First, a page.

BRITISH OIL GIANT BP is joining U.K. grain marketer Associated British Foods (ABF) and chemical maker DuPont to construct a $400 million plant in northeastern England to make ethanol from locally grown wheat beginning in late 2009.
The facility, in which BP and ABF will each hold a 45% share and DuPont the remaining 10%, will be built on BP's existing chemicals site in Saltend, Hull. It will have the capacity to produce about 110 million gal of ethanol per year. ABF plans to supply the wheat for the venture.
BP and DuPont also plan to build a technology research and demonstration facility at the site to produce the gasoline component biobutanol from feedstocks such as wheat, corn, barley, and rye. Biobutanol is a fermentation-derived version of n-butanol the companies introduced last year (C&EN, June 26, 2006, page 9).
Iain Conn, CEO of BP's refining and marketing business, said at a press conference in London that output from the ethanol plant will help meet rising U.K. demand for biofuels. Government rules mandate that 5% of transportation fuels must come from renewable sources by 2010.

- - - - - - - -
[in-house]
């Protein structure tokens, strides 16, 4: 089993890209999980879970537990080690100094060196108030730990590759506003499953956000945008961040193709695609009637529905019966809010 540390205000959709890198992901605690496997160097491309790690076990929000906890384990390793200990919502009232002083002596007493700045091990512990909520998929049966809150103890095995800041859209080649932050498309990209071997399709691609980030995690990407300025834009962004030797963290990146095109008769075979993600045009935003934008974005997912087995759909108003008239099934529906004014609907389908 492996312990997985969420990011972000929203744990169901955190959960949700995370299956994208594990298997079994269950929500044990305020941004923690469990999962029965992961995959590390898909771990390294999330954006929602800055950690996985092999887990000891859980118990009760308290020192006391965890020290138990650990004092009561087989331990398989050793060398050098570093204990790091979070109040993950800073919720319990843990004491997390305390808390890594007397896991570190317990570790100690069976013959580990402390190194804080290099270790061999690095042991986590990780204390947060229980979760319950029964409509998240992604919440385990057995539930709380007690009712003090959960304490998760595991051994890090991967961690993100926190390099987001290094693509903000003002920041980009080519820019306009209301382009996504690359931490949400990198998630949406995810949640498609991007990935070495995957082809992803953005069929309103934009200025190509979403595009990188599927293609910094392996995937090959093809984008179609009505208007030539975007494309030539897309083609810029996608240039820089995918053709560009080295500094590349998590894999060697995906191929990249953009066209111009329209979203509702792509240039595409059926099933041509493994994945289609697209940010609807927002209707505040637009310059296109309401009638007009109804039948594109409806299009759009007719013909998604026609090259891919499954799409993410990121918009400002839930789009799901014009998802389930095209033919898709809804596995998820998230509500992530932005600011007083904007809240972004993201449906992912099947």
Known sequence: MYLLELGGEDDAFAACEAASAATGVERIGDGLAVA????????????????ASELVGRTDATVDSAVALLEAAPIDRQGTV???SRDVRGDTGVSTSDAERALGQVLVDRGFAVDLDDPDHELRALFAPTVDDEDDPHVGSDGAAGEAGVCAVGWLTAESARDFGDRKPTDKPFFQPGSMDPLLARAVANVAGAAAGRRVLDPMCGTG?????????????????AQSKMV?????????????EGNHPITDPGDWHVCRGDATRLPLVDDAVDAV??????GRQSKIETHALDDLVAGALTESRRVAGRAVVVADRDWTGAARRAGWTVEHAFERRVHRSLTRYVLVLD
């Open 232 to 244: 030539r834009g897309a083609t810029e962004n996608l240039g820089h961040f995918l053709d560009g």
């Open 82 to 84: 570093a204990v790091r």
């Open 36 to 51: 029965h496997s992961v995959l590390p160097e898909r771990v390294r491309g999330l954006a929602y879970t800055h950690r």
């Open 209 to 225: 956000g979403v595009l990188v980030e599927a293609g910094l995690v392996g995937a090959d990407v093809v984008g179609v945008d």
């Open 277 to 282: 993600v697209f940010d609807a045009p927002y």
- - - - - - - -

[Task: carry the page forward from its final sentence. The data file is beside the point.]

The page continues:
Although the facility will initially produce ethanol, officials say the partners will look at the feasibility of converting it entirely to biobutanol once the required technology is available.
"Over the last year, we have accelerated the commercial development of biobutanol," says John Ranieri, head of DuPont Biofuels. "The demonstration facility, which will begin operation in early 2009, will develop the processing parameters and further advance the commercial deployment of our new technology."
Ranieri notes that demand for renewable transportation fuels will grow significantly in coming years. He says DuPont plans to increase its investment in the Hull facility once the biobutanol production process is developed and shown to be feasible.